Smart.Happy.Money 13: Is the government trying to steal my tax refund?


In the time between the writing of this blog post and the publishing of it the Labour party has announced a change to the policy. Anybody who receives a full or part age pension will be exempt from the changes. They will continue to receive their unused franking credits as a refund. This means that the policy is now more targeted to those with large SMSF balances.

Read on for the original post.

Over the past week or so you will have heard about Bill Shortens proposal to change the rules around franking credits. Since the announcement there has been an enormous amount of mis-information within the political sphere, business and special interest groups.

I thought I would write a quick blog to explain the proposed changes and the history that has led to them.

Many years ago, the Hawke/Keating government introduced ‘franking credits’ to avoid income being taxed twice. A company that you may own a share in earns income, they pay their tax rate on that income and then distribute it to shareholders as a dividend. In other places around the world, the investor then pays income tax on the dividend that they receive. Hawke and Keating decided that this would be double taxation as the company has already paid tax on this income. So, they introduce franking credits which come along with the dividend payment and when you complete your tax return the franking credit offsets the income you have received so you do not pay extra tax. So, in round figures, if the company has paid tax at 30% and you’re in a high tax bracket of 45%, you would only pay 15% on the dividend payment. If your tax rate was equal or less than the company, you wouldn’t pay any tax on the dividend payment.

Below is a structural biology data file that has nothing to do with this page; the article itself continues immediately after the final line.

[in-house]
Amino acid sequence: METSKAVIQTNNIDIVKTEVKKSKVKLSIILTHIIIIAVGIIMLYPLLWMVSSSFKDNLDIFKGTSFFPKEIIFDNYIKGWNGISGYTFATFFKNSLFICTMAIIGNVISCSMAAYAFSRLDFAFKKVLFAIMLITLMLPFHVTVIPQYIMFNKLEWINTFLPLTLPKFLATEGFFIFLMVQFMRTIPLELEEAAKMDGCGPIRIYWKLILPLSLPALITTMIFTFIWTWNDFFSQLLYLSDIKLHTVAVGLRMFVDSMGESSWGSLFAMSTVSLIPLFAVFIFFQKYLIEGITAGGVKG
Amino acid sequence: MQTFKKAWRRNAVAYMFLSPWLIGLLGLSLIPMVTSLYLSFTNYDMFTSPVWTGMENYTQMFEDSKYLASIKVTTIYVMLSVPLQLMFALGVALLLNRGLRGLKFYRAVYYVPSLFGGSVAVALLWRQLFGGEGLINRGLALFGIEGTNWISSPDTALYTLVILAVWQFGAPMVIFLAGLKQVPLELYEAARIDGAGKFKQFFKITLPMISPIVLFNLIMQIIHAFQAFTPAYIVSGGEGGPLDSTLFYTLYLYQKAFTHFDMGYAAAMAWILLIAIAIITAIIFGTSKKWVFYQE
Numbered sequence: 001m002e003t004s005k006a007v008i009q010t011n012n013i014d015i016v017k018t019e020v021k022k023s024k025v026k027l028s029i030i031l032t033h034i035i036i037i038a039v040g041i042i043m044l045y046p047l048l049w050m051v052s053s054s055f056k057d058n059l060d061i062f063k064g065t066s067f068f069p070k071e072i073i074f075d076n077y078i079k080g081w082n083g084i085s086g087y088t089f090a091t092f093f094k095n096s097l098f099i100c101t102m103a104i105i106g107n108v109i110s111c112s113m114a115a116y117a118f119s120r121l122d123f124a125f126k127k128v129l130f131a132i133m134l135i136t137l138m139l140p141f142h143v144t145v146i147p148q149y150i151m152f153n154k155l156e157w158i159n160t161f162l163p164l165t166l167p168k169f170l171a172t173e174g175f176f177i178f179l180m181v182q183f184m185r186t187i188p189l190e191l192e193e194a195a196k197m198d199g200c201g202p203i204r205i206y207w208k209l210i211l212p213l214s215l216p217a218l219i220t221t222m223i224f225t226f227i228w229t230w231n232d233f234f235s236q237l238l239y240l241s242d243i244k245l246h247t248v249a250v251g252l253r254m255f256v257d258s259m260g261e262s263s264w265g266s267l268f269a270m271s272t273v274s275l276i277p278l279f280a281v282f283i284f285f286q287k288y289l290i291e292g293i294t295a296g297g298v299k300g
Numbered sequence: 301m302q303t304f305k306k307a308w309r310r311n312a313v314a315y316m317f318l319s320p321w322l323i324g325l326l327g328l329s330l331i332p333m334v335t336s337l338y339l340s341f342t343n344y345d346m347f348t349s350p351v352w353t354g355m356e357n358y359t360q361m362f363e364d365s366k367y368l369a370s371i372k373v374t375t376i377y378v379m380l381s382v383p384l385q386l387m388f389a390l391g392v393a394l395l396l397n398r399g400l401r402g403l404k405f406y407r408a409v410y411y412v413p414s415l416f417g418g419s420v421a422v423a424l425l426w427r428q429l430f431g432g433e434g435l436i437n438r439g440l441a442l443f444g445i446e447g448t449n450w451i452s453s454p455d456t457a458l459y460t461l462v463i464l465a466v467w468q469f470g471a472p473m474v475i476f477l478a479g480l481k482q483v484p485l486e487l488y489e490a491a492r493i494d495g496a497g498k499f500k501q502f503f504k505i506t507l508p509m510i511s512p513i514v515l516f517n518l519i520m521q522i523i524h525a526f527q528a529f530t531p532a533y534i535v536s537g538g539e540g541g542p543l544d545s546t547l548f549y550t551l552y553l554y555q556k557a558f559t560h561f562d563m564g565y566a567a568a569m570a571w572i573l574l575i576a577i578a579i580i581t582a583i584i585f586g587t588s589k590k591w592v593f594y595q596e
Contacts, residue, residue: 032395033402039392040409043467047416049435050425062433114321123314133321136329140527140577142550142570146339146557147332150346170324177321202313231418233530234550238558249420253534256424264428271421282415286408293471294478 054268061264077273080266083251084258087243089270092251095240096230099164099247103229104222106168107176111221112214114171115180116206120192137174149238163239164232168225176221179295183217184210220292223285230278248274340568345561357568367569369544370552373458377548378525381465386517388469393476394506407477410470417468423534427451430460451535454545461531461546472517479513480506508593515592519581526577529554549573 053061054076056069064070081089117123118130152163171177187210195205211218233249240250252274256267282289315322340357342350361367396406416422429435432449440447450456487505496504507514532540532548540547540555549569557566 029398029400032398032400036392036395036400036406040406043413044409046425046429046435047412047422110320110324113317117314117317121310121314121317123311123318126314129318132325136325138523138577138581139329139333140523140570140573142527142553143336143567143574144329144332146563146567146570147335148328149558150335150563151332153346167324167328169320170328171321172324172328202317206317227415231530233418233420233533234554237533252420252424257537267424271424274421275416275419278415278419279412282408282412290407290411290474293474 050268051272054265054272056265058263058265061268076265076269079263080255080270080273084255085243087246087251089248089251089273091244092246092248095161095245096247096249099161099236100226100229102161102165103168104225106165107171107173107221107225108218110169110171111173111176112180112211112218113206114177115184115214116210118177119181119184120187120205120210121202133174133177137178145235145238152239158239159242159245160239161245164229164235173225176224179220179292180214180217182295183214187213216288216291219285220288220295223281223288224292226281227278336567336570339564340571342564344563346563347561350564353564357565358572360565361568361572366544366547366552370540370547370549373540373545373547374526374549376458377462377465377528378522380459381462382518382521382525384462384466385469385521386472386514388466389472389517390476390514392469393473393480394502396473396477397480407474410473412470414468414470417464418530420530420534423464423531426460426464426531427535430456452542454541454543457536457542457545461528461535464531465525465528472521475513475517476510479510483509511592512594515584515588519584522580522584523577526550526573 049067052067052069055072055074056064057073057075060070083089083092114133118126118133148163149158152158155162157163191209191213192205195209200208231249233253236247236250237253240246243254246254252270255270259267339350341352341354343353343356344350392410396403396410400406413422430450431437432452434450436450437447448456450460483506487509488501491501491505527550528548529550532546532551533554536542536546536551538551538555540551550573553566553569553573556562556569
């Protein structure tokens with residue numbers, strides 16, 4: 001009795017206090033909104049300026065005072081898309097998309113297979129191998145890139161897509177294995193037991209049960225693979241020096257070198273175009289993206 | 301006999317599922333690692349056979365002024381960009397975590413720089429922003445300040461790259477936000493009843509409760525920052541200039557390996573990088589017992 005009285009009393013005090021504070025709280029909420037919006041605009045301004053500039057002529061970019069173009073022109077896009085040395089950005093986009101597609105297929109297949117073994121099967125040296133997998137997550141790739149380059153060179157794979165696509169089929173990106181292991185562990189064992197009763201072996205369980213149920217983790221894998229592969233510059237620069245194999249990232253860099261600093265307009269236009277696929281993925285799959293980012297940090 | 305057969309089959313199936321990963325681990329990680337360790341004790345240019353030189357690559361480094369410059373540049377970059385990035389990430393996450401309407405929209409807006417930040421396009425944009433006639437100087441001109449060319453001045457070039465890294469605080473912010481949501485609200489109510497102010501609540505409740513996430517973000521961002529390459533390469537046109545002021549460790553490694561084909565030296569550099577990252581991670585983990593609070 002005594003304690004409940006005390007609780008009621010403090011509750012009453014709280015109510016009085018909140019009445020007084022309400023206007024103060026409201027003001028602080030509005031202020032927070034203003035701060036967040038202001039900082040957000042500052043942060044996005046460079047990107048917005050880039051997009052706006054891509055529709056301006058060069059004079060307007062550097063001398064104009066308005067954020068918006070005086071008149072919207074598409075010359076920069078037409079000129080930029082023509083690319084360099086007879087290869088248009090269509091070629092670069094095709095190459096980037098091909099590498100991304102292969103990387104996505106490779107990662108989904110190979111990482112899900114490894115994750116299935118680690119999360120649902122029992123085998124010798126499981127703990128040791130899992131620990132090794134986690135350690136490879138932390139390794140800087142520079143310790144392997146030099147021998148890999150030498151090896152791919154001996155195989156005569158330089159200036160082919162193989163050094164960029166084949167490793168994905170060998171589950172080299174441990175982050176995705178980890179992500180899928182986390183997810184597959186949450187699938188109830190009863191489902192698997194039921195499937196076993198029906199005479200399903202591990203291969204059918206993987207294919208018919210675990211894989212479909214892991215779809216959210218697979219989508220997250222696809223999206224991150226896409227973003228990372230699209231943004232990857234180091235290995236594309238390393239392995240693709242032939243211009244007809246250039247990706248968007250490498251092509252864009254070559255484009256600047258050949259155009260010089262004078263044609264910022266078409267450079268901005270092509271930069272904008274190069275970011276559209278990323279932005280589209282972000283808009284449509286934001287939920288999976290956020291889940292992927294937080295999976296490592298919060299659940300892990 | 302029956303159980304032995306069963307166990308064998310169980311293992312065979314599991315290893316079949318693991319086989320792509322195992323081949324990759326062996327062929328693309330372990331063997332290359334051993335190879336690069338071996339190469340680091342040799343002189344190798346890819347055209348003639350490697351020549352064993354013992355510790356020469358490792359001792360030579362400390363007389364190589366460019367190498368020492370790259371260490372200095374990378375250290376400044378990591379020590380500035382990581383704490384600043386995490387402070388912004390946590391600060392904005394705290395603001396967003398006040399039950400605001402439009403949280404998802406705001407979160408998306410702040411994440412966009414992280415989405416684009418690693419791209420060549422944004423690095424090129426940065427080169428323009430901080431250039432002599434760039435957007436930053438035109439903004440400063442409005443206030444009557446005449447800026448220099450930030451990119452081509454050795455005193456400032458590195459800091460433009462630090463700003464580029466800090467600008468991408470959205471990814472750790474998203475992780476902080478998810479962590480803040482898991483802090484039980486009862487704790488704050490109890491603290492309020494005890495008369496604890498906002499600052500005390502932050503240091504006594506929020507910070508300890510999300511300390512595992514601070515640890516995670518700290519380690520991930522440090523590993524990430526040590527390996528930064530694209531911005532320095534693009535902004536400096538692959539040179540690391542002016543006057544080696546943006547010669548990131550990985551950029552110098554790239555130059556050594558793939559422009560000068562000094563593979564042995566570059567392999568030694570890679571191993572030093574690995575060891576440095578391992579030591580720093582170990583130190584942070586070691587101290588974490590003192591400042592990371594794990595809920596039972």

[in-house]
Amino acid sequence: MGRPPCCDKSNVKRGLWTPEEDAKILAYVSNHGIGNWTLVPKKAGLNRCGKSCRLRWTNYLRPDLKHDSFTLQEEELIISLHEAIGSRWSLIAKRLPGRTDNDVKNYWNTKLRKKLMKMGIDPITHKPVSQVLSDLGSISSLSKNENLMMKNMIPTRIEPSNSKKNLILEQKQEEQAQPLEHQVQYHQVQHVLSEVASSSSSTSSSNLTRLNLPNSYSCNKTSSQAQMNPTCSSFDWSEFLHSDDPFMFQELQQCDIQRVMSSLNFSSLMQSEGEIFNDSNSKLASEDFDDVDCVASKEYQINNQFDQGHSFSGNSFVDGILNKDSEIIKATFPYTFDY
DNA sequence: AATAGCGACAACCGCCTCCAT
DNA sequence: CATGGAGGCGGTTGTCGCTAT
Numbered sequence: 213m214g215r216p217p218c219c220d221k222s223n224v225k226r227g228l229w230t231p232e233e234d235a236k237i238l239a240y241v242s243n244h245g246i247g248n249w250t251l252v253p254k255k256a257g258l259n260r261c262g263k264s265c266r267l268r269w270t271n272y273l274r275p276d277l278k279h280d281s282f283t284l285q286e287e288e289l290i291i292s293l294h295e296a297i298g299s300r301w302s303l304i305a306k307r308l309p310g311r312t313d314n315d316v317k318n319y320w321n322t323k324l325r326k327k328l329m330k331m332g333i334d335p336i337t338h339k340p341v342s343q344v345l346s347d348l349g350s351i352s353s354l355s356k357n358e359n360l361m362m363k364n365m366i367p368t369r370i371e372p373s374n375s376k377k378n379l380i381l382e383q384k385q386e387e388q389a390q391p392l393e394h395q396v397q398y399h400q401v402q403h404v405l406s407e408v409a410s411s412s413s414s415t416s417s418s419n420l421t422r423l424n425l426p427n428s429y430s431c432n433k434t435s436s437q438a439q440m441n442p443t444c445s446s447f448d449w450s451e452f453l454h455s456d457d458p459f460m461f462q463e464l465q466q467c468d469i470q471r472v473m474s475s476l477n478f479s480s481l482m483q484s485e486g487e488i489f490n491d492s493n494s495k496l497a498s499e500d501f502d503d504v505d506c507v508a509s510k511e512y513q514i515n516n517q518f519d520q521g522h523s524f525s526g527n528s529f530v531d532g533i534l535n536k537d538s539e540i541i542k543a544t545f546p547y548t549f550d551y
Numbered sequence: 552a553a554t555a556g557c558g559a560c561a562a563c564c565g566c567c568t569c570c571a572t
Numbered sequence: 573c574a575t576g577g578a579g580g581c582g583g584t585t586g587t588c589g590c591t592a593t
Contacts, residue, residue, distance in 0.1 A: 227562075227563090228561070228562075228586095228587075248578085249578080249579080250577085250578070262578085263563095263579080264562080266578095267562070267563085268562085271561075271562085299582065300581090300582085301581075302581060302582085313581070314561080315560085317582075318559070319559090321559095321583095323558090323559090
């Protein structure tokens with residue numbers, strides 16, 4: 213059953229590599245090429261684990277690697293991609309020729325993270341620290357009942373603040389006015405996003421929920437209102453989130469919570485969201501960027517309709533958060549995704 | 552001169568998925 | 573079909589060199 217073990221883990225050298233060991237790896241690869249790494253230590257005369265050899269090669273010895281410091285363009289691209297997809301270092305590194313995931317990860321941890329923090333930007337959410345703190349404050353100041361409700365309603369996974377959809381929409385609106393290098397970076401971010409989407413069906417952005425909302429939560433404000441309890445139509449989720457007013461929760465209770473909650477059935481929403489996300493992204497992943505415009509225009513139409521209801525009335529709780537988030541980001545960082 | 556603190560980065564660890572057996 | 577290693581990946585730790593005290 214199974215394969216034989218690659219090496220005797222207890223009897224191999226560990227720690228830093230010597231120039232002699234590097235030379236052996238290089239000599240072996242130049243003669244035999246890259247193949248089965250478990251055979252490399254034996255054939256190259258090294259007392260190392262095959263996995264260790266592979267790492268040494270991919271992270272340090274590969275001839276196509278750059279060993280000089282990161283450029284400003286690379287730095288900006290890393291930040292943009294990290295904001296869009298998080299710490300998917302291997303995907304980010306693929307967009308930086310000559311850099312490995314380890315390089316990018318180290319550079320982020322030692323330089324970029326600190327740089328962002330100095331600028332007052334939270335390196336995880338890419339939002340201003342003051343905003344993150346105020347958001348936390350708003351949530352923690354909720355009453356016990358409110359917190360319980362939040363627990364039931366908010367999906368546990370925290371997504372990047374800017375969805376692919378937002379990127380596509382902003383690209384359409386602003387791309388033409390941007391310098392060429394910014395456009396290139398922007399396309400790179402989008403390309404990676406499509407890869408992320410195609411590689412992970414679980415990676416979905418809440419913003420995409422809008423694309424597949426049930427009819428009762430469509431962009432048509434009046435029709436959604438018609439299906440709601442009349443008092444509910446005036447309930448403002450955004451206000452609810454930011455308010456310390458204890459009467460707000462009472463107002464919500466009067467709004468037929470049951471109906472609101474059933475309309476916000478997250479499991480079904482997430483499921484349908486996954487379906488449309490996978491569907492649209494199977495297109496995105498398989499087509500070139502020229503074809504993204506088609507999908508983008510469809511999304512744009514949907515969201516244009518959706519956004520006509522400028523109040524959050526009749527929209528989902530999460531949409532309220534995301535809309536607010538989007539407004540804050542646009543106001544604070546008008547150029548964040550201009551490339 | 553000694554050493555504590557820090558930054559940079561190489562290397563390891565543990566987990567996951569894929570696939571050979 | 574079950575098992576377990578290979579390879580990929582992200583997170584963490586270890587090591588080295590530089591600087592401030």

When John Howard was Prime Minister he made a change to this system. He began allowing people who paid no tax to receive a cash refund for their ‘unused’ franking credits. The Howard government were planning to begin taxing trusts and as a sweetener they offered to bring in these cash refunds. They then gave up the taxation of trusts but kept the sweetener.

So, let’s look at someone who earns no income from work but has a share portfolio that earns $1000 of dividends. They wouldn’t need to use franking credits to offset tax as they wouldn’t be paying tax anyway. The change Howard made means that they would actually get a payment from the Tax Office for their unused franking credits, this would be approx. $300.

This change made by John Howard is what Bill Shorten is proposing to reverse.

Franking Credits will still be available to investors to offset income earned as companies have already paid tax on them. It is only the cash refunds for those who pay no tax that will go.

Why do this? What has changed since Howard changed the system? The answer is super. The problem facing the government is that people who have self-managed super funds with large balances in retirement pay no tax. If you are retired, 60 or over and turn your super into an income stream (account-based pension) then you pay no tax on anything within your super. No tax on what you pull out, no tax on what you earn etc.

This means that a couple can have $3.2 million in a SMSF earn an approx. 5% dividend, which is $160,000 pa, pay no tax on this and receive a cash refund from the ATO of approx. $48,000 due to the unused franking credits (assuming a 5% dividend return fully franked).

This is what Bill Shorten is trying to change.

Will some age pensioners be caught up in this? Yes, they will. But these will be people who get refunds of maybe a few hundred dollars per year. The proposal is to catch those wealthy SMSF owners who really don't need this kind of return.

Stephen Koukoulas is an economist I follow on twitter. He put it like this.

Year 1: I give you zero

Year 2: I give you $100 for no real reason

Year 3: Repeat $100

Year 4: Repeat $100

Year 5 +: Repeat $100

Year 10: I give you zero and you are outraged that I am ‘taking away’ $100 from you

We haven’t yet seen the full details of the proposal, and we don't know if there will be any offsets for those poorer retirees that might miss out, the Labor party has hinted that there are announcements on this to come. Until then it is hard to pass judgement. Let’s wait for more detail and of course, because we live in a wonderful and free country we get to vote for the party who we think has the best polices, including this one.

Ben Graham-Nellor is an advisor, coach, blogger and speaker who has worked in the financial services industry for over 15 years.

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